Jamaica recibe apoyo de la FAO para ayudar a los agricultores afectados por Sandy
Some 1,000 vulnerable subsistence farmers, who were most severely affected by the passage of Hurricane Sandy last year, will receive much-needed assistance, which will provide them with food security and a means of resuscitating their income. The Ministry of Agriculture and Fisheries, on Monday, May 27, signed an agreement to provide $30 million in grant funding to 50 farmers in the communities of Leith Hall, and 900 in Font Hill both in St. Thomas; as well as 50 farmers in Reach district, Portland.
Under the initiative, which will be implemented by the Rural Agricultural Development Authority (RADA), the farmers will receive vouchers to purchase critical agricultural inputs, and also benefit from training to boost their resilience to natural disasters. Speaking at the signing ceremony at the Ministry’s Hope Gardens location, portfolio Minister, Hon. Roger Clarke, noted that the progamme, which is being funded by the Food and Agriculture Organization (FAO), will benefit the most affected, who are yet to fully recover. Special priority will be given to female-headed households, and those with small children, and the youth.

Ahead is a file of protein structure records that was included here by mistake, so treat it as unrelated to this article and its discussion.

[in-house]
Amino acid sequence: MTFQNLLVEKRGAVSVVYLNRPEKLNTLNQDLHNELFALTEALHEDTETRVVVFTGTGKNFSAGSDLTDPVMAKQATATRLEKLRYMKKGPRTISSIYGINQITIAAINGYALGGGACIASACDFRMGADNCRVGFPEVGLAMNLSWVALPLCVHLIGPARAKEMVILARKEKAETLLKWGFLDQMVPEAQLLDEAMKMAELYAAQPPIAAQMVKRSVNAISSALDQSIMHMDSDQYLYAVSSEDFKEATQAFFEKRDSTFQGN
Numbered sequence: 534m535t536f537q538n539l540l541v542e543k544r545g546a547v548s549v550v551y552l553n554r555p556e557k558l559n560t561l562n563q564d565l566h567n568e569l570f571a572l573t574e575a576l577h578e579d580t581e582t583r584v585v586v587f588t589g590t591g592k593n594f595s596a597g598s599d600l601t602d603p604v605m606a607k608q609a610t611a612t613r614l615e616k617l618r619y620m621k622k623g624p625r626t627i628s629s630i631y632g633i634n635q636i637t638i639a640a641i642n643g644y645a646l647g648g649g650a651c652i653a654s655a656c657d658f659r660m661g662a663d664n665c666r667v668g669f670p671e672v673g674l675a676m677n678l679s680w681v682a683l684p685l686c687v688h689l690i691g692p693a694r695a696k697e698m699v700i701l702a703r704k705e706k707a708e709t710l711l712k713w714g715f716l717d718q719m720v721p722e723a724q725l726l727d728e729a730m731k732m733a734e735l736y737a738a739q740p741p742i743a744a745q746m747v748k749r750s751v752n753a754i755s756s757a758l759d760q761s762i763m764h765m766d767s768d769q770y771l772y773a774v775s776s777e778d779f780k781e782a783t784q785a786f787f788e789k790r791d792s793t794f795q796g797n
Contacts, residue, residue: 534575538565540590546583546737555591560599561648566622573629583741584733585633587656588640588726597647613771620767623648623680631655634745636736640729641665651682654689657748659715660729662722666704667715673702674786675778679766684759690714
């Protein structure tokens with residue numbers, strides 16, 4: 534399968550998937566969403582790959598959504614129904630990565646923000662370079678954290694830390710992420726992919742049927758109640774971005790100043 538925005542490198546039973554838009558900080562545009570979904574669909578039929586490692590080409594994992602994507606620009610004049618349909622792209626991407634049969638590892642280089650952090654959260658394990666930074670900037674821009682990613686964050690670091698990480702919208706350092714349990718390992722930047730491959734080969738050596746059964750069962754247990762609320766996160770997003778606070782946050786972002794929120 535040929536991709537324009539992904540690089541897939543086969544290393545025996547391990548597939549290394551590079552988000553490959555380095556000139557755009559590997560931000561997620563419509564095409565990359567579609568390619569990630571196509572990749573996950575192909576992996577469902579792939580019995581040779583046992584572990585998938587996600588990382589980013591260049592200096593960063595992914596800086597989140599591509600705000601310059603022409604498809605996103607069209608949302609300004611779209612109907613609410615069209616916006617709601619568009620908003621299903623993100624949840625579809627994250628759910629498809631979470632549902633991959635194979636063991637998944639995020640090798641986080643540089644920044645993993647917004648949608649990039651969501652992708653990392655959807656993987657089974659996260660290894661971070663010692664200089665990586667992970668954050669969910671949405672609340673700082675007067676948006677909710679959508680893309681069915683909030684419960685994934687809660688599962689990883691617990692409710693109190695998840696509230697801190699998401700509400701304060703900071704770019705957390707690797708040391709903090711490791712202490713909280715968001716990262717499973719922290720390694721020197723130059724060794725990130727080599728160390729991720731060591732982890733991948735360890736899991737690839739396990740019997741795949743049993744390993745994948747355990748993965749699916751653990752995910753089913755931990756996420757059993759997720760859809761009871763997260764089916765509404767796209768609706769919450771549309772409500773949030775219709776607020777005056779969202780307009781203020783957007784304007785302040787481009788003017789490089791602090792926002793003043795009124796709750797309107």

"Participant selection criteria also include: farmer registration with RADA to verify farmer status; holdings of less than five acres; willingness to register and participate in community work programme and training activities; and low level income,” Mr. Clarke outlined.
Some 40,000 farmers islandwide were affected by the hurricane with losses amounting to more than $4 billion. The worst hit parishes were St. Thomas, Portland, and St. Mary, with crops such as banana, cocoa, and coffee being most affected. The Minister noted that hurricanes and other disasters threaten food and nutrition security, and that in order to mitigate some of the challenges, Cabinet had recently approved the Food and Nutrition Security Policy, which is now before Parliament.